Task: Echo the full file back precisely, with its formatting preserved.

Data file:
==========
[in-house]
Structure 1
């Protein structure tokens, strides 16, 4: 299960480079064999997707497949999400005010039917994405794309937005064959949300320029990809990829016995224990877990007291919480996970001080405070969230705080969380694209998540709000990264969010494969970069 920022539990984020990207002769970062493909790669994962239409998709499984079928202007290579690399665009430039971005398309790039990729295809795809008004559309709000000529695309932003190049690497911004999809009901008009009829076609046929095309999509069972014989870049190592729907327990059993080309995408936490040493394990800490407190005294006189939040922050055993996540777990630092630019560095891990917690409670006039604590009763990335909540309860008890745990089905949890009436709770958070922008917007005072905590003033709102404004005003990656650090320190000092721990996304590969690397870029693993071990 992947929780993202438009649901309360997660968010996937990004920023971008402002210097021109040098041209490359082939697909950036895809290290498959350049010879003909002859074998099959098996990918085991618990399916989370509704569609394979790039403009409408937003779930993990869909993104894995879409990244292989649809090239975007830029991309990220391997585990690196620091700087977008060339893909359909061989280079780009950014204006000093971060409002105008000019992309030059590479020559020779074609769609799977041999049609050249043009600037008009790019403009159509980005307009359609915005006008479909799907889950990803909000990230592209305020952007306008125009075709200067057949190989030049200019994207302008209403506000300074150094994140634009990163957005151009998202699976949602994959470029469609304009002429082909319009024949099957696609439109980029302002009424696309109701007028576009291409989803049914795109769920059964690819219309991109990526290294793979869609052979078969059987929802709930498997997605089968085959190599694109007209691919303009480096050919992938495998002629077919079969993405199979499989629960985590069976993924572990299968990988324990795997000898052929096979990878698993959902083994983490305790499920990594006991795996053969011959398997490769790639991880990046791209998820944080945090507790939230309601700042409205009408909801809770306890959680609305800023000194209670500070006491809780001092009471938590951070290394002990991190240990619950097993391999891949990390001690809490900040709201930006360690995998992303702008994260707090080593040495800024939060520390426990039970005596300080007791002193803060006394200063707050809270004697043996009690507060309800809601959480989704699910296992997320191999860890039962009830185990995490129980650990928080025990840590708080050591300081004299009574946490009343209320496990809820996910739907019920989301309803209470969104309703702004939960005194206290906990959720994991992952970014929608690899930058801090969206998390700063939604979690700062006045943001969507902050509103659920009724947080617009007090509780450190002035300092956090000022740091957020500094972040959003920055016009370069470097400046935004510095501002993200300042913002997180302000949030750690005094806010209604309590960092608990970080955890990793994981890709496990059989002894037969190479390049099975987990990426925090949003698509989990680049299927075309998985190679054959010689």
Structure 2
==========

[in-house]
Structure 1
């Protein structure tokens, strides 16, 4: 299960480079064999997707497949999400005010039917994405794309937005064959949300320029990809990829016995224990877990007291919480996970001080405070969230705080969380694209998540709000990264969010494969970069 920022539990984020990207002769970062493909790669994962239409998709499984079928202007290579690399665009430039971005398309790039990729295809795809008004559309709000000529695309932003190049690497911004999809009901008009009829076609046929095309999509069972014989870049190592729907327990059993080309995408936490040493394990800490407190005294006189939040922050055993996540777990630092630019560095891990917690409670006039604590009763990335909540309860008890745990089905949890009436709770958070922008917007005072905590003033709102404004005003990656650090320190000092721990996304590969690397870029693993071990 992947929780993202438009649901309360997660968010996937990004920023971008402002210097021109040098041209490359082939697909950036895809290290498959350049010879003909002859074998099959098996990918085991618990399916989370509704569609394979790039403009409408937003779930993990869909993104894995879409990244292989649809090239975007830029991309990220391997585990690196620091700087977008060339893909359909061989280079780009950014204006000093971060409002105008000019992309030059590479020559020779074609769609799977041999049609050249043009600037008009790019403009159509980005307009359609915005006008479909799907889950990803909000990230592209305020952007306008125009075709200067057949190989030049200019994207302008209403506000300074150094994140634009990163957005151009998202699976949602994959470029469609304009002429082909319009024949099957696609439109980029302002009424696309109701007028576009291409989803049914795109769920059964690819219309991109990526290294793979869609052979078969059987929802709930498997997605089968085959190599694109007209691919303009480096050919992938495998002629077919079969993405199979499989629960985590069976993924572990299968990988324990795997000898052929096979990878698993959902083994983490305790499920990594006991795996053969011959398997490769790639991880990046791209998820944080945090507790939230309601700042409205009408909801809770306890959680609305800023000194209670500070006491809780001092009471938590951070290394002990991190240990619950097993391999891949990390001690809490900040709201930006360690995998992303702008994260707090080593040495800024939060520390426990039970005596300080007791002193803060006394200063707050809270004697043996009690507060309800809601959480989704699910296992997320191999860890039962009830185990995490129980650990928080025990840590708080050591300081004299009574946490009343209320496990809820996910739907019920989301309803209470969104309703702004939960005194206290906990959720994991992952970014929608690899930058801090969206998390700063939604979690700062006045943001969507902050509103659920009724947080617009007090509780450190002035300092956090000022740091957020500094972040959003920055016009370069470097400046935004510095501002993200300042913002997180302000949030750690005094806010209604309590960092608990970080955890990793994981890709496990059989002894037969190479390049099975987990990426925090949003698509989990680049299927075309998985190679054959010689």
Structure 2